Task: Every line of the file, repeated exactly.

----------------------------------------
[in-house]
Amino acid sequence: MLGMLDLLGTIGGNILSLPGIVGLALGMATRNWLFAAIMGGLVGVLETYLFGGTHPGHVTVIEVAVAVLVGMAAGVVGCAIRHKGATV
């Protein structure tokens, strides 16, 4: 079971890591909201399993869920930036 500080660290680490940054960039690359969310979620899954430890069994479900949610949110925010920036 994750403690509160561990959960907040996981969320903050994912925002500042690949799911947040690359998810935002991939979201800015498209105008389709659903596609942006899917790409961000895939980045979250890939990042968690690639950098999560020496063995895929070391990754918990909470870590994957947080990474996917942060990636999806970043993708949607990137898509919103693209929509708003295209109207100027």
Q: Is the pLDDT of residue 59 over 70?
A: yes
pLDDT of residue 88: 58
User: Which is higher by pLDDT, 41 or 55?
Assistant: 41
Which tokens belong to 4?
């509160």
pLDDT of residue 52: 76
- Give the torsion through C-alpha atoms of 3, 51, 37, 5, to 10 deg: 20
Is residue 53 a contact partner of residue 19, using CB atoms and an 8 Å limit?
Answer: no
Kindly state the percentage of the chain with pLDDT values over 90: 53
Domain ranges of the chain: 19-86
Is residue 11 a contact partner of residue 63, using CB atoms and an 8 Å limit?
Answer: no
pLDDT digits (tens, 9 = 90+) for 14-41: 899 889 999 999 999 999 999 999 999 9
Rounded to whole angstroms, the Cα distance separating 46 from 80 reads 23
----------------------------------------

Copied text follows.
[in-house]
Amino acid sequence: MLGMLDLLGTIGGNILSLPGIVGLALGMATRNWLFAAIMGGLVGVLETYLFGGTHPGHVTVIEVAVAVLVGMAAGVVGCAIRHKGATV
């Protein structure tokens, strides 16, 4: 079971890591909201399993869920930036 500080660290680490940054960039690359969310979620899954430890069994479900949610949110925010920036 994750403690509160561990959960907040996981969320903050994912925002500042690949799911947040690359998810935002991939979201800015498209105008389709659903596609942006899917790409961000895939980045979250890939990042968690690639950098999560020496063995895929070391990754918990909470870590994957947080990474996917942060990636999806970043993708949607990137898509919103693209929509708003295209109207100027």
Q: Is the pLDDT of residue 59 over 70?
A: yes
pLDDT of residue 88: 58
User: Which is higher by pLDDT, 41 or 55?
Assistant: 41
Which tokens belong to 4?
């509160």
pLDDT of residue 52: 76
- Give the torsion through C-alpha atoms of 3, 51, 37, 5, to 10 deg: 20
Is residue 53 a contact partner of residue 19, using CB atoms and an 8 Å limit?
Answer: no
Kindly state the percentage of the chain with pLDDT values over 90: 53
Domain ranges of the chain: 19-86
Is residue 11 a contact partner of residue 63, using CB atoms and an 8 Å limit?
Answer: no
pLDDT digits (tens, 9 = 90+) for 14-41: 899 889 999 999 999 999 999 999 999 9
Rounded to whole angstroms, the Cα distance separating 46 from 80 reads 23